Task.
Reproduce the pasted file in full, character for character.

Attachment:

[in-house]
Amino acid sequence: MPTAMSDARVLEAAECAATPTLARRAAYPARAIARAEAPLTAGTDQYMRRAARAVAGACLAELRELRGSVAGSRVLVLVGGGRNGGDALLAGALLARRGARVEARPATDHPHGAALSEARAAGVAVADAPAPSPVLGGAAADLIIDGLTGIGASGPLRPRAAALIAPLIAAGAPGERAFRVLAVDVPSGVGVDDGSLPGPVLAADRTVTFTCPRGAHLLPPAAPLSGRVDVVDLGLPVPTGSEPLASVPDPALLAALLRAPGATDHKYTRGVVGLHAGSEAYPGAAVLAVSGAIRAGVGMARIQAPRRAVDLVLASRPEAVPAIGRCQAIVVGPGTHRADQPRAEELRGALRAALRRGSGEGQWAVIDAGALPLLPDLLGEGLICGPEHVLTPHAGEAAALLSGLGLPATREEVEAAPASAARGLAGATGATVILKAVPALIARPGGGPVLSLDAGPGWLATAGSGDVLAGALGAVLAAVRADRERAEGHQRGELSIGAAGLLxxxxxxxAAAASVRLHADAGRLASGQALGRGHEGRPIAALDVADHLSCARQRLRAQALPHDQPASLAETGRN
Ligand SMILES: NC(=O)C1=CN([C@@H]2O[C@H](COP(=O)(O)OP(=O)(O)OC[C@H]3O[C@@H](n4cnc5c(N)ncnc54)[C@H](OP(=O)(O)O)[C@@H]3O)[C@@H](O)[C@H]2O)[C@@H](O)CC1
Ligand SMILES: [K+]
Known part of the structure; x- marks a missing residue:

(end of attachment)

[in-house]
Amino acid sequence: MPTAMSDARVLEAAECAATPTLARRAAYPARAIARAEAPLTAGTDQYMRRAARAVAGACLAELRELRGSVAGSRVLVLVGGGRNGGDALLAGALLARRGARVEARPATDHPHGAALSEARAAGVAVADAPAPSPVLGGAAADLIIDGLTGIGASGPLRPRAAALIAPLIAAGAPGERAFRVLAVDVPSGVGVDDGSLPGPVLAADRTVTFTCPRGAHLLPPAAPLSGRVDVVDLGLPVPTGSEPLASVPDPALLAALLRAPGATDHKYTRGVVGLHAGSEAYPGAAVLAVSGAIRAGVGMARIQAPRRAVDLVLASRPEAVPAIGRCQAIVVGPGTHRADQPRAEELRGALRAALRRGSGEGQWAVIDAGALPLLPDLLGEGLICGPEHVLTPHAGEAAALLSGLGLPATREEVEAAPASAARGLAGATGATVILKAVPALIARPGGGPVLSLDAGPGWLATAGSGDVLAGALGAVLAAVRADRERAEGHQRGELSIGAAGLLxxxxxxxAAAASVRLHADAGRLASGQALGRGHEGRPIAALDVADHLSCARQRLRAQALPHDQPASLAETGRN
Ligand SMILES: NC(=O)C1=CN([C@@H]2O[C@H](COP(=O)(O)OP(=O)(O)OC[C@H]3O[C@@H](n4cnc5c(N)ncnc54)[C@H](OP(=O)(O)O)[C@@H]3O)[C@@H](O)[C@H]2O)[C@@H](O)CC1
Ligand SMILES: [K+]
Known part of the structure; x- marks a missing residue: